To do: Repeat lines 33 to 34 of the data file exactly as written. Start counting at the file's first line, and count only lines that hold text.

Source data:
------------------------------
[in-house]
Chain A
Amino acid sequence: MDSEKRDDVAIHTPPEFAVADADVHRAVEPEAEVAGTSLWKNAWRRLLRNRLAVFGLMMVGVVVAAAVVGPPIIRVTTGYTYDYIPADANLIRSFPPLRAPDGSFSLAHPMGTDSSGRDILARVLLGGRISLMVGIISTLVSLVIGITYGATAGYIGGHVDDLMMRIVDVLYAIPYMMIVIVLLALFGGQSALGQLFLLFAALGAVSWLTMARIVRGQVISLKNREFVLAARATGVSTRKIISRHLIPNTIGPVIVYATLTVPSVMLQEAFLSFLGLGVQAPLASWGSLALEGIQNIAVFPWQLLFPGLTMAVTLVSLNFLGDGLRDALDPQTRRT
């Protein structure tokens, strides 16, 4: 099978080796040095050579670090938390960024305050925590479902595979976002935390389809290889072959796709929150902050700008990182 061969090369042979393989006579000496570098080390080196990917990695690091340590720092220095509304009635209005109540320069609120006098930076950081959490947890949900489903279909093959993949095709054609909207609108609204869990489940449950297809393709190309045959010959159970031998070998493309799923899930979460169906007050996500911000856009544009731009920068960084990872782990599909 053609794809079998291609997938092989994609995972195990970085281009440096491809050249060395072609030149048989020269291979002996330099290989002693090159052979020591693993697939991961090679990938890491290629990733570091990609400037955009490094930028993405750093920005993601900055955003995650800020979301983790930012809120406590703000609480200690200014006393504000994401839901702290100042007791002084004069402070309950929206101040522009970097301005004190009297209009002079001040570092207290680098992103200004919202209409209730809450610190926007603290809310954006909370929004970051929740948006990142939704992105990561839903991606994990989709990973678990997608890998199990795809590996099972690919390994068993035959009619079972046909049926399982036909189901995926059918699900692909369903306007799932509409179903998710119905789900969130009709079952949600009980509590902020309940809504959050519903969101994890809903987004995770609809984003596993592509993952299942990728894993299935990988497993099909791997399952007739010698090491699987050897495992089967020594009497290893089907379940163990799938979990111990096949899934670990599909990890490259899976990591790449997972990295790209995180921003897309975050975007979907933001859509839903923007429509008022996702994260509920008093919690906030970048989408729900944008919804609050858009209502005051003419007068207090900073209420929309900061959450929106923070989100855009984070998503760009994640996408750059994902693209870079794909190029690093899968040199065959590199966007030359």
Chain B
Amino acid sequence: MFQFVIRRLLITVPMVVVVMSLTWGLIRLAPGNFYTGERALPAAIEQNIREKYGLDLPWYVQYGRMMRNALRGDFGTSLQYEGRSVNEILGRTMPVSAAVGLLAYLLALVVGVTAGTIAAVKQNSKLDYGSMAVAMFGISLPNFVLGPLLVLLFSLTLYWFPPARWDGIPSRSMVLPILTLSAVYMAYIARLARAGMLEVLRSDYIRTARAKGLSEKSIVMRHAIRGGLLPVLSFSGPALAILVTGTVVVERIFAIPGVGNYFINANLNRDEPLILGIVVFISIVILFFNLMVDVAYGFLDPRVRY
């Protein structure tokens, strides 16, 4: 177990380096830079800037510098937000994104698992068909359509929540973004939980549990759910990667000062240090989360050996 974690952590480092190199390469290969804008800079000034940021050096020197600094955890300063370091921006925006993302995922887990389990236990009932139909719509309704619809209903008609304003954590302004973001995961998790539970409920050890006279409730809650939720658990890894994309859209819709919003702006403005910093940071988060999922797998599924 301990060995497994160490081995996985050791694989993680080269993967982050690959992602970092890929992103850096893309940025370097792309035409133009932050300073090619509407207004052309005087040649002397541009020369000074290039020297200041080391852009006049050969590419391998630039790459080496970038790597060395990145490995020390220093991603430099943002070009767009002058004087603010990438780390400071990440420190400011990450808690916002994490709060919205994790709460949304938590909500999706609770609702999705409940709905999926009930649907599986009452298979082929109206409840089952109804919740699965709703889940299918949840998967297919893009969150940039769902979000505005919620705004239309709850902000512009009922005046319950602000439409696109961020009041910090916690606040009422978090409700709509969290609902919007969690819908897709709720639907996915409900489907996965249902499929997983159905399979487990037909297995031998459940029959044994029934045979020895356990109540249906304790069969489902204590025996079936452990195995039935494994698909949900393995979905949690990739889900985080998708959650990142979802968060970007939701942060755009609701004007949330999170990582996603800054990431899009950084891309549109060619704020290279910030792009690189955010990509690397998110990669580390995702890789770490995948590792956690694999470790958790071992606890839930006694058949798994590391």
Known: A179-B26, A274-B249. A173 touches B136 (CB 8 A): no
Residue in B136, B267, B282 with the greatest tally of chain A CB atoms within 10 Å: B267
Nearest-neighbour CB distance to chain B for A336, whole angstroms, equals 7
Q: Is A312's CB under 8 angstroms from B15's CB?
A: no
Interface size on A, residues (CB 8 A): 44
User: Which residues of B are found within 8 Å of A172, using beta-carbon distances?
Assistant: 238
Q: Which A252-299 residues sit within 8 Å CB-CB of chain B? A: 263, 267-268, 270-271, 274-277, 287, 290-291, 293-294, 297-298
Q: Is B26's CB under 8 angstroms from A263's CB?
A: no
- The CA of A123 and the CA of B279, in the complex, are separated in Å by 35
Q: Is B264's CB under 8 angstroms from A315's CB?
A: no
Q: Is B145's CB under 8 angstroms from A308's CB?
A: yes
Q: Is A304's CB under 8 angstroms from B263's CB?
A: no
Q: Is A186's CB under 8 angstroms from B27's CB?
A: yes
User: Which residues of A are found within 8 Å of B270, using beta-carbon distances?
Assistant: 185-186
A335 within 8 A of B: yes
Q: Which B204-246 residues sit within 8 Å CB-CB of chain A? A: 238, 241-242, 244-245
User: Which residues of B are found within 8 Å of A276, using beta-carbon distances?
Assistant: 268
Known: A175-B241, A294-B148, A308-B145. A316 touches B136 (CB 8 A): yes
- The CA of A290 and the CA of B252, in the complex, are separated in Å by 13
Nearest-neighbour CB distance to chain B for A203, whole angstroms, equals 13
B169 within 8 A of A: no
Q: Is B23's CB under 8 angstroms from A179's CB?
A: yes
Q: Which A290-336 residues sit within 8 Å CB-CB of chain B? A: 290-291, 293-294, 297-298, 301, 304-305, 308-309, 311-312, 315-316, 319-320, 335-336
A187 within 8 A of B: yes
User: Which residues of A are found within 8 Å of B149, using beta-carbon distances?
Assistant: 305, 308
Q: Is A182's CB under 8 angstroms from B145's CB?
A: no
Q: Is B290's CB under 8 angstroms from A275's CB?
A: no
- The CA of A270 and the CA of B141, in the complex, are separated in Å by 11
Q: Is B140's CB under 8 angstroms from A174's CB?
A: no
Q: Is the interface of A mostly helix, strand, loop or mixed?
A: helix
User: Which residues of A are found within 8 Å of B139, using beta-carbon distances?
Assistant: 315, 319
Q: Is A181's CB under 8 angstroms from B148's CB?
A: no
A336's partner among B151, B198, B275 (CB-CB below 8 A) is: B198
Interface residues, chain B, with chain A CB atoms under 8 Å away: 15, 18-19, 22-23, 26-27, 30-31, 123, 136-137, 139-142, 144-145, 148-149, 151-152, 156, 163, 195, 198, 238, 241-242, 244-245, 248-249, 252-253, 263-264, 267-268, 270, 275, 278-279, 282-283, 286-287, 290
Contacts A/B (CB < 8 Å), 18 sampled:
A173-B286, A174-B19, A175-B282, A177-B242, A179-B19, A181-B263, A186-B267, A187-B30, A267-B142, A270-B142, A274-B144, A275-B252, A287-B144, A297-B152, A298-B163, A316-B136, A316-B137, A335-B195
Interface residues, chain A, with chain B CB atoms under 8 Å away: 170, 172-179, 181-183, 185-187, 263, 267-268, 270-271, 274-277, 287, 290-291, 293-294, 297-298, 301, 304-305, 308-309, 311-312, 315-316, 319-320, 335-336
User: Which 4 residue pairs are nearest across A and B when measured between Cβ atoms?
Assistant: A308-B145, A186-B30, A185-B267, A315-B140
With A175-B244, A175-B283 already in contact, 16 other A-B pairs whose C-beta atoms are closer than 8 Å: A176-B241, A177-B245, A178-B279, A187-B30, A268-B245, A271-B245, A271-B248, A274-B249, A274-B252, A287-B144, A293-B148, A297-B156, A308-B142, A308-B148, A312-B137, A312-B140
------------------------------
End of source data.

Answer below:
Assistant: 268
Known: A175-B241, A294-B148, A308-B145. A316 touches B136 (CB 8 A): yes